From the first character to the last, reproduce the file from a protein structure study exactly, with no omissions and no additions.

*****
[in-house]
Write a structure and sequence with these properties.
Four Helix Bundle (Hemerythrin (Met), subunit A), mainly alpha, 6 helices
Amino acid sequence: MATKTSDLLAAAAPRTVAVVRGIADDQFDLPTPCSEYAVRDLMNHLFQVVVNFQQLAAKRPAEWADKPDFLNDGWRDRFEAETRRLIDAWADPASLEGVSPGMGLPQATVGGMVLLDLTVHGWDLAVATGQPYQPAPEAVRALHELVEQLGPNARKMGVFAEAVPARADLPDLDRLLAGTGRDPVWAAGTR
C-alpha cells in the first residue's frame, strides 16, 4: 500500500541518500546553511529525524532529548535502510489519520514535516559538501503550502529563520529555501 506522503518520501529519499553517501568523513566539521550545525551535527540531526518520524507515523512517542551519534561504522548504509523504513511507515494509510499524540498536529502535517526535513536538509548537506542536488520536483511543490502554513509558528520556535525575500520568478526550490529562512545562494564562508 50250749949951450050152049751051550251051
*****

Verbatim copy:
[in-house]
Write a structure and sequence with these properties.
Four Helix Bundle (Hemerythrin (Met), subunit A), mainly alpha, 6 helices
Amino acid sequence: MATKTSDLLAAAAPRTVAVVRGIADDQFDLPTPCSEYAVRDLMNHLFQVVVNFQQLAAKRPAEWADKPDFLNDGWRDRFEAETRRLIDAWADPASLEGVSPGMGLPQATVGGMVLLDLTVHGWDLAVATGQPYQPAPEAVRALHELVEQLGPNARKMGVFAEAVPARADLPDLDRLLAGTGRDPVWAAGTR
C-alpha cells in the first residue's frame, strides 16, 4: 500500500541518500546553511529525524532529548535502510489519520514535516559538501503550502529563520529555501 506522503518520501529519499553517501568523513566539521550545525551535527540531526518520524507515523512517542551519534561504522548504509523504513511507515494509510499524540498536529502535517526535513536538509548537506542536488520536483511543490502554513509558528520556535525575500520568478526550490529562512545562494564562508 50250749949951450050152049751051550251051